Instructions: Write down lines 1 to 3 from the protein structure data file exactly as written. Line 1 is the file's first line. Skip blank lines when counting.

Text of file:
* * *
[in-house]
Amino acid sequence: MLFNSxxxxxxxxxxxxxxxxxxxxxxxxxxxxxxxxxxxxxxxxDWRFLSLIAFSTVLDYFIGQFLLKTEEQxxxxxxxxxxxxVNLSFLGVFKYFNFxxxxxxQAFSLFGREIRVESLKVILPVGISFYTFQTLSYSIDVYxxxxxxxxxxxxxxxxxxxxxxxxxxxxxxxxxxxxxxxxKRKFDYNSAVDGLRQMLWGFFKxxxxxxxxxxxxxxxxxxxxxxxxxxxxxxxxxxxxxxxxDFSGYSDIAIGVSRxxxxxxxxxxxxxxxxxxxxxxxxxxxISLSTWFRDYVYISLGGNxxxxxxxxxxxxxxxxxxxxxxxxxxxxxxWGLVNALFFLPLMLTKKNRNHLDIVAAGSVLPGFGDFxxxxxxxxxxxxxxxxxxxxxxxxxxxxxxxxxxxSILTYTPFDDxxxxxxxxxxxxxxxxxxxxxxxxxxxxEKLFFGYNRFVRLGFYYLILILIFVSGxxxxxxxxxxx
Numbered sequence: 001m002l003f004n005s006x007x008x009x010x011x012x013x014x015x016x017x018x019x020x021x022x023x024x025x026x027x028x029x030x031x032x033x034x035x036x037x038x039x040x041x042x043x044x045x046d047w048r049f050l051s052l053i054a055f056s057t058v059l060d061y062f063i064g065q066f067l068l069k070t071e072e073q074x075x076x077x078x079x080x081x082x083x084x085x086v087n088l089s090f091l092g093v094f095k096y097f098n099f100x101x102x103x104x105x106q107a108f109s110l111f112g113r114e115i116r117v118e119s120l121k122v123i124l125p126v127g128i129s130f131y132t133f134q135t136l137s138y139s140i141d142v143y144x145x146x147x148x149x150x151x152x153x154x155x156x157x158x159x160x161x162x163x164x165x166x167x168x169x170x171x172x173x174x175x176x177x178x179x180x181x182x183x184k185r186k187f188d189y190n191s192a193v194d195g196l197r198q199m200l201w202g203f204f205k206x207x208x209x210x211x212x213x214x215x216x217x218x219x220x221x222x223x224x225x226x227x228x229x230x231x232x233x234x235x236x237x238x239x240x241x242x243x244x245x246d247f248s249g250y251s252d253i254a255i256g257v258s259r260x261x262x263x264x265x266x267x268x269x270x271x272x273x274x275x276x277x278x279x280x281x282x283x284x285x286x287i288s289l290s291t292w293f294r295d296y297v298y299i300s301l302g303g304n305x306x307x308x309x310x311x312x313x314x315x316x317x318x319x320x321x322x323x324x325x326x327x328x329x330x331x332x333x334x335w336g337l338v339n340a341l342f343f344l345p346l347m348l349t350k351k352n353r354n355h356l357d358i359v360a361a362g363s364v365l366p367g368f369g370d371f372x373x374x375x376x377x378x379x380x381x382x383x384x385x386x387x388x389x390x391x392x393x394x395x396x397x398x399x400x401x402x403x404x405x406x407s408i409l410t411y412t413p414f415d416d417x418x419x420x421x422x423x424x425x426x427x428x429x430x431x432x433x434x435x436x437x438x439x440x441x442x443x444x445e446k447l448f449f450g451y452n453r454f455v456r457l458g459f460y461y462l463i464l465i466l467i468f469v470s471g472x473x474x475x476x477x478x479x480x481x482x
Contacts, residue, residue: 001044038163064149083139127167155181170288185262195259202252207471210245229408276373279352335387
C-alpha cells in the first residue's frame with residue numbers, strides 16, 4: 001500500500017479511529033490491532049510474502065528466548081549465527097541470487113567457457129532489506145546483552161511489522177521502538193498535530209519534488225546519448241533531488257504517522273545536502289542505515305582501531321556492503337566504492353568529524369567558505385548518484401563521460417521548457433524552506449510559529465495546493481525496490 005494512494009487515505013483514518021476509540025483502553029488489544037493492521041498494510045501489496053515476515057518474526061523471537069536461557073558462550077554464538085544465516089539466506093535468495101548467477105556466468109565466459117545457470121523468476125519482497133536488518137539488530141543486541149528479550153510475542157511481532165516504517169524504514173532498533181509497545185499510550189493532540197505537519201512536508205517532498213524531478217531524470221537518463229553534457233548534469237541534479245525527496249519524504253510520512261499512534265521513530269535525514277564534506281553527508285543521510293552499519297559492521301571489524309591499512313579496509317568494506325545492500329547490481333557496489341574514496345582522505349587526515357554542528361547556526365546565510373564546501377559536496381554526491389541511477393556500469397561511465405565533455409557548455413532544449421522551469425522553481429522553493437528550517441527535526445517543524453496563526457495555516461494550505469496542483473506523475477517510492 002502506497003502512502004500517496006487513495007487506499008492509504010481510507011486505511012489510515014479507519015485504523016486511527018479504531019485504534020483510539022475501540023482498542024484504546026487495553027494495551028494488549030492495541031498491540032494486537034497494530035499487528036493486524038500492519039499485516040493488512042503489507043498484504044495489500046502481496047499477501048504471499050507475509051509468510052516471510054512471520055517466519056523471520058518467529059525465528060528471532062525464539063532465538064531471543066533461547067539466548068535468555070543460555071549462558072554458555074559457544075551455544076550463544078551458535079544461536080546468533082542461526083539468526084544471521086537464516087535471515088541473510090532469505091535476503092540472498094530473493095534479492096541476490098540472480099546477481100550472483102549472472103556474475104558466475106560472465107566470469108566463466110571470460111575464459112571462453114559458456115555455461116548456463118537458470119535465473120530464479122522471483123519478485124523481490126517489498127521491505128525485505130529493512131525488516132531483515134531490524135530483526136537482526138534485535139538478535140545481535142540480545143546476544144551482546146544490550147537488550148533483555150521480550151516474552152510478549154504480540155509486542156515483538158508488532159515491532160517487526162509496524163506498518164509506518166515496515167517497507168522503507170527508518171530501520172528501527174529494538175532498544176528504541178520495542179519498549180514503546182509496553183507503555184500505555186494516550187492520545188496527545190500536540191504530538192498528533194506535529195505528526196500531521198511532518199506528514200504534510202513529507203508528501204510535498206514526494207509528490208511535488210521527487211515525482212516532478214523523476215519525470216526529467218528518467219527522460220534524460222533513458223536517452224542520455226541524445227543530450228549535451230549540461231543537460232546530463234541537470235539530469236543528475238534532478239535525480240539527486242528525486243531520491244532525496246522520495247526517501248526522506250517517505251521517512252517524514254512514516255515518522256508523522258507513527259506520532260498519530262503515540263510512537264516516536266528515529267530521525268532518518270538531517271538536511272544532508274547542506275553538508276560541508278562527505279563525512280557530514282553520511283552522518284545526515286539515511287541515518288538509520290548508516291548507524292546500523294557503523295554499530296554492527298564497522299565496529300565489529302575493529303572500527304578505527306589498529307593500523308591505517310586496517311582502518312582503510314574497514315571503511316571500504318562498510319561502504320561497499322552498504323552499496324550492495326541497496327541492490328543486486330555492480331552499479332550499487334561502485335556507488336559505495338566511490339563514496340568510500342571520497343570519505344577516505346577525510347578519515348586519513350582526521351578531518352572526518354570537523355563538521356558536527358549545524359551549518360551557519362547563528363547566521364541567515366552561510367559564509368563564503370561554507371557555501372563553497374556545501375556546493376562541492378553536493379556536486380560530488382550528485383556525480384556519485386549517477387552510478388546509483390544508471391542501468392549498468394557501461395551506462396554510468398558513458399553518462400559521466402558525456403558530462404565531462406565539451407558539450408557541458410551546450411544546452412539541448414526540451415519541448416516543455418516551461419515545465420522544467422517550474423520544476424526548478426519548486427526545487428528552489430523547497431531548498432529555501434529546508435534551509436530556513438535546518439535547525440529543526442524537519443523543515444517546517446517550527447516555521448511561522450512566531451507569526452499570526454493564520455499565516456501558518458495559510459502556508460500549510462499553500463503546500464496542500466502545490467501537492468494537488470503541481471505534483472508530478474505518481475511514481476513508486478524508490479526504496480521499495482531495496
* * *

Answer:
[in-house]
Amino acid sequence: MLFNSxxxxxxxxxxxxxxxxxxxxxxxxxxxxxxxxxxxxxxxxDWRFLSLIAFSTVLDYFIGQFLLKTEEQxxxxxxxxxxxxVNLSFLGVFKYFNFxxxxxxQAFSLFGREIRVESLKVILPVGISFYTFQTLSYSIDVYxxxxxxxxxxxxxxxxxxxxxxxxxxxxxxxxxxxxxxxxKRKFDYNSAVDGLRQMLWGFFKxxxxxxxxxxxxxxxxxxxxxxxxxxxxxxxxxxxxxxxxDFSGYSDIAIGVSRxxxxxxxxxxxxxxxxxxxxxxxxxxxISLSTWFRDYVYISLGGNxxxxxxxxxxxxxxxxxxxxxxxxxxxxxxWGLVNALFFLPLMLTKKNRNHLDIVAAGSVLPGFGDFxxxxxxxxxxxxxxxxxxxxxxxxxxxxxxxxxxxSILTYTPFDDxxxxxxxxxxxxxxxxxxxxxxxxxxxxEKLFFGYNRFVRLGFYYLILILIFVSGxxxxxxxxxxx
Numbered sequence: 001m002l003f004n005s006x007x008x009x010x011x012x013x014x015x016x017x018x019x020x021x022x023x024x025x026x027x028x029x030x031x032x033x034x035x036x037x038x039x040x041x042x043x044x045x046d047w048r049f050l051s052l053i054a055f056s057t058v059l060d061y062f063i064g065q066f067l068l069k070t071e072e073q074x075x076x077x078x079x080x081x082x083x084x085x086v087n088l089s090f091l092g093v094f095k096y097f098n099f100x101x102x103x104x105x106q107a108f109s110l111f112g113r114e115i116r117v118e119s120l121k122v123i124l125p126v127g128i129s130f131y132t133f134q135t136l137s138y139s140i141d142v143y144x145x146x147x148x149x150x151x152x153x154x155x156x157x158x159x160x161x162x163x164x165x166x167x168x169x170x171x172x173x174x175x176x177x178x179x180x181x182x183x184k185r186k187f188d189y190n191s192a193v194d195g196l197r198q199m200l201w202g203f204f205k206x207x208x209x210x211x212x213x214x215x216x217x218x219x220x221x222x223x224x225x226x227x228x229x230x231x232x233x234x235x236x237x238x239x240x241x242x243x244x245x246d247f248s249g250y251s252d253i254a255i256g257v258s259r260x261x262x263x264x265x266x267x268x269x270x271x272x273x274x275x276x277x278x279x280x281x282x283x284x285x286x287i288s289l290s291t292w293f294r295d296y297v298y299i300s301l302g303g304n305x306x307x308x309x310x311x312x313x314x315x316x317x318x319x320x321x322x323x324x325x326x327x328x329x330x331x332x333x334x335w336g337l338v339n340a341l342f343f344l345p346l347m348l349t350k351k352n353r354n355h356l357d358i359v360a361a362g363s364v365l366p367g368f369g370d371f372x373x374x375x376x377x378x379x380x381x382x383x384x385x386x387x388x389x390x391x392x393x394x395x396x397x398x399x400x401x402x403x404x405x406x407s408i409l410t411y412t413p414f415d416d417x418x419x420x421x422x423x424x425x426x427x428x429x430x431x432x433x434x435x436x437x438x439x440x441x442x443x444x445e446k447l448f449f450g451y452n453r454f455v456r457l458g459f460y461y462l463i464l465i466l467i468f469v470s471g472x473x474x475x476x477x478x479x480x481x482x